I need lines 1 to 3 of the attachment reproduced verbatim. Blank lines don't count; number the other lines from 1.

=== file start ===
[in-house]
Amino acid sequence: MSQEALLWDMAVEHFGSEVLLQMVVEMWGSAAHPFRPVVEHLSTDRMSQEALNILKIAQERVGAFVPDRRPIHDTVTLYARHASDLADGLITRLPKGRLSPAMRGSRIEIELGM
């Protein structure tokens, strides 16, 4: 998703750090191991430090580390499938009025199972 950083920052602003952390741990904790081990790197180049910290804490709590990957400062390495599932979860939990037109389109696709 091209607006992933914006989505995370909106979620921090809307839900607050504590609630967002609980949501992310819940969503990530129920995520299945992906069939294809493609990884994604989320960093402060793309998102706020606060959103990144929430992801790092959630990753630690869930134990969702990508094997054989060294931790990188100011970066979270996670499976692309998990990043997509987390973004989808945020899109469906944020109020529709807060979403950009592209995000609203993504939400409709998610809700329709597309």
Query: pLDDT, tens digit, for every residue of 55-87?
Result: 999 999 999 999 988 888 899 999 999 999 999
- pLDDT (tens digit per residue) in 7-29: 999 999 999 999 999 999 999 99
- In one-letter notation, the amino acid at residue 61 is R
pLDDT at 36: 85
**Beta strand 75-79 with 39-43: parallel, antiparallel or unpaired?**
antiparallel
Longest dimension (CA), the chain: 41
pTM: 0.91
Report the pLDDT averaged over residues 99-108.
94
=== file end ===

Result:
[in-house]
Amino acid sequence: MSQEALLWDMAVEHFGSEVLLQMVVEMWGSAAHPFRPVVEHLSTDRMSQEALNILKIAQERVGAFVPDRRPIHDTVTLYARHASDLADGLITRLPKGRLSPAMRGSRIEIELGM
């Protein structure tokens, strides 16, 4: 998703750090191991430090580390499938009025199972 950083920052602003952390741990904790081990790197180049910290804490709590990957400062390495599932979860939990037109389109696709 091209607006992933914006989505995370909106979620921090809307839900607050504590609630967002609980949501992310819940969503990530129920995520299945992906069939294809493609990884994604989320960093402060793309998102706020606060959103990144929430992801790092959630990753630690869930134990969702990508094997054989060294931790990188100011970066979270996670499976692309998990990043997509987390973004989808945020899109469906944020109020529709807060979403950009592209995000609203993504939400409709998610809700329709597309």